The tantrum thrown by extremists in the Republican Party about the Affordable Care Act and the debt ceiling is over — for now — but the shutdown’s cost to the U.S. economy ($24 billion, according to Standard & Poor’s) and the blight on the democratic principle of majority rule are unmistakable.
But what, really, was the tantrum all about?
One of the best answers comes from University of Oregon economics professor Mark Thoma, who recently wrote for The Fiscal Times that the “political dispute over the debt is, plainly and simply, about the size and role of government. In particular, it’s an attempt by Republicans to use undue fear about the debt to scale back or eliminate spending on social insurance programs such as Medicare, Social Security, Obamacare, food stamps and unemployment compensation.”
To be sure, there’s no problem with having a discussion of the proper size and role of government.
But the extremists aren’t willing to have such a rational discussion. What they’re willing to do instead is hold the nation’s economy hostage to extract policy concessions steeped in mythical free-market ideology. The extremists blasted health care reform as an attack on the free market and as an example that government regulation doesn’t work.
Are they aware that the Affordable Care Act is, in fact, a market-based solution to millions of Americans going without health insurance? Mitt Romney enacted it in Massachusetts. The Heritage Foundation, the conservative think tank, rolled it out in the early 1990s as an alternative to a single-payer model.
But acknowledging such facts is tantamount to living in reality. In an article he wrote a year ago for The New Yorker, Ryan Lizza quoted from a book — “It’s Even Worse Than It Looks” — by Thomas Mann of the Brookings Institution and Norman Ornstein of the American Enterprise Institute. The GOP, Mann and Ornstein wrote, “has become an insurgent outlier … scornful of compromise (and) unpersuaded by conventional understanding of facts, evidence and science. …”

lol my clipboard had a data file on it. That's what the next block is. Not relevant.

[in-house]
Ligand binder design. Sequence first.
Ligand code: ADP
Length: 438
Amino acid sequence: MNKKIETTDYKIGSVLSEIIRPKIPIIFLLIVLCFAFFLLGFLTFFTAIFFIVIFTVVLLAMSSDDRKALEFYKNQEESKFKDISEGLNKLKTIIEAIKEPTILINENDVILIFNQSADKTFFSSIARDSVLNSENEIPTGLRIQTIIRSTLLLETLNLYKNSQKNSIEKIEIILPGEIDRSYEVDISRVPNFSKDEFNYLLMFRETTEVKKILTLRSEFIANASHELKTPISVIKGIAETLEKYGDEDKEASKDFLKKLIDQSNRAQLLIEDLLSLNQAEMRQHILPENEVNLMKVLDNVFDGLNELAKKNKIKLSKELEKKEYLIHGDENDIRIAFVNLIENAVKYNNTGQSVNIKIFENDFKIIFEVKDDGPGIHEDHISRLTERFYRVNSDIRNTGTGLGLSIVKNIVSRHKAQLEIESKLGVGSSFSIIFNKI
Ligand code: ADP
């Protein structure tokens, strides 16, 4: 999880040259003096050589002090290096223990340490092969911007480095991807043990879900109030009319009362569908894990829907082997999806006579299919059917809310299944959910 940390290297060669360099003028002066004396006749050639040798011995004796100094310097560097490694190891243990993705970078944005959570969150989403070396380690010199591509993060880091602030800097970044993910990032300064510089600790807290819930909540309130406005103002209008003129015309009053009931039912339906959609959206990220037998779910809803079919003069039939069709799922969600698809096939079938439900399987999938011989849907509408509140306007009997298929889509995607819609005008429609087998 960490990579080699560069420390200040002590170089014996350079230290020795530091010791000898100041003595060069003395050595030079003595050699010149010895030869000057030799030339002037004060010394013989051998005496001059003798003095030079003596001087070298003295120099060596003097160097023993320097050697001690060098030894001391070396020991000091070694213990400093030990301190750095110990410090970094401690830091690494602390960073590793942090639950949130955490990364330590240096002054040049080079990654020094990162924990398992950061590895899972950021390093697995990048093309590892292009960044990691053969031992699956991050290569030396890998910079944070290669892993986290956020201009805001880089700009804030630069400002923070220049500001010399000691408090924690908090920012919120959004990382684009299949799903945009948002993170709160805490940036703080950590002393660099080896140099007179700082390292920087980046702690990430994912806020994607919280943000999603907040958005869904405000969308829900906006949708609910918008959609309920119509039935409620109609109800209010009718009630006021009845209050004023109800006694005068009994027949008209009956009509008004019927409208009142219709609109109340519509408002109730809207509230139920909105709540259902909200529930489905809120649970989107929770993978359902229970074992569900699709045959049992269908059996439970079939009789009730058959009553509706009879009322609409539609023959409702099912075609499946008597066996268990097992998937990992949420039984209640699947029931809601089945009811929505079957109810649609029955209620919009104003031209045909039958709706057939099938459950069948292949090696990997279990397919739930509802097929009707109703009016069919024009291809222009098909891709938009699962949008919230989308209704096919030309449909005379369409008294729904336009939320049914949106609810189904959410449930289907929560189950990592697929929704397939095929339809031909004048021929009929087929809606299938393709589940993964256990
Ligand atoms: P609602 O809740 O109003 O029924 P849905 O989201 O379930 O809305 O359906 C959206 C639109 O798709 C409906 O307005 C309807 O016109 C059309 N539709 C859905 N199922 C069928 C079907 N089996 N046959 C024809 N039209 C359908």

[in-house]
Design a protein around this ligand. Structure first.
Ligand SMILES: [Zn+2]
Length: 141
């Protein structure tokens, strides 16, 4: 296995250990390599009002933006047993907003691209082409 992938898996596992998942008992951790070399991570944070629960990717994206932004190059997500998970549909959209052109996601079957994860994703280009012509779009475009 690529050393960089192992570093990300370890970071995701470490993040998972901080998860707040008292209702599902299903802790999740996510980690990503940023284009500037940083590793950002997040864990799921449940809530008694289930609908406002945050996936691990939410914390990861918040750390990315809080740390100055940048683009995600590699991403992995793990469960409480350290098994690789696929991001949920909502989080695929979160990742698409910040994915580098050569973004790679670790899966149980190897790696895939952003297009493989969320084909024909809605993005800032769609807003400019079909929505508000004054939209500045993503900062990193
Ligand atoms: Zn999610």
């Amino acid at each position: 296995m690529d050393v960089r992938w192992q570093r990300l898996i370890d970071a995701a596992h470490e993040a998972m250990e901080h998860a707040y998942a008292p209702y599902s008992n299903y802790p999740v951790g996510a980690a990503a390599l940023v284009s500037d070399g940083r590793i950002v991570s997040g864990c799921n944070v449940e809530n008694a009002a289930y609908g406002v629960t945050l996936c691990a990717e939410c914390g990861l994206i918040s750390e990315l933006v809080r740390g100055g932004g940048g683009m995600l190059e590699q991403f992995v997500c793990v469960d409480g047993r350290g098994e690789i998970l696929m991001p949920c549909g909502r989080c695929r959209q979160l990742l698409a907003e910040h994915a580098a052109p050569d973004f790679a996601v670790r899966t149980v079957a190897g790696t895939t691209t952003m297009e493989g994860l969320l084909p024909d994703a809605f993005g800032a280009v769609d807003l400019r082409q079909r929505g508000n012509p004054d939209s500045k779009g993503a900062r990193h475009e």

The situation is made all the more bizarre when you consider conventional facts about the economy, such as the critical part government plays in it: interest rates, courts to enforce business contracts, infrastructure and schools that speed and educate entrepreneurs. You see it playing out on a local level, with the city of Vancouver, for example, adopting a pro-business stance with certain government incentives.
As Robert Reich, the former Secretary of Labor in the Clinton administration, has noted, “governments don’t ‘intrude’ on free markets; governments organize and maintain them. Markets aren’t ‘free’ of rules; the rules define them.”
So, what matters when we discuss the proper role and size of government is how we answer some tough questions, including: Just how cozy should government and business be? What kind of rules should we have? Who gets to decide them? Who benefits?
The hostage-takers refuse to weigh such questions in a democratic or intellectually honest manner. They just want what they want, no matter how reckless it is. Still, as yet another likely debt ceiling crisis looms only a few months away, one hopes the significant public opposition to their methods brings them to their senses.
Suffice it to say, I’m not holding my breath.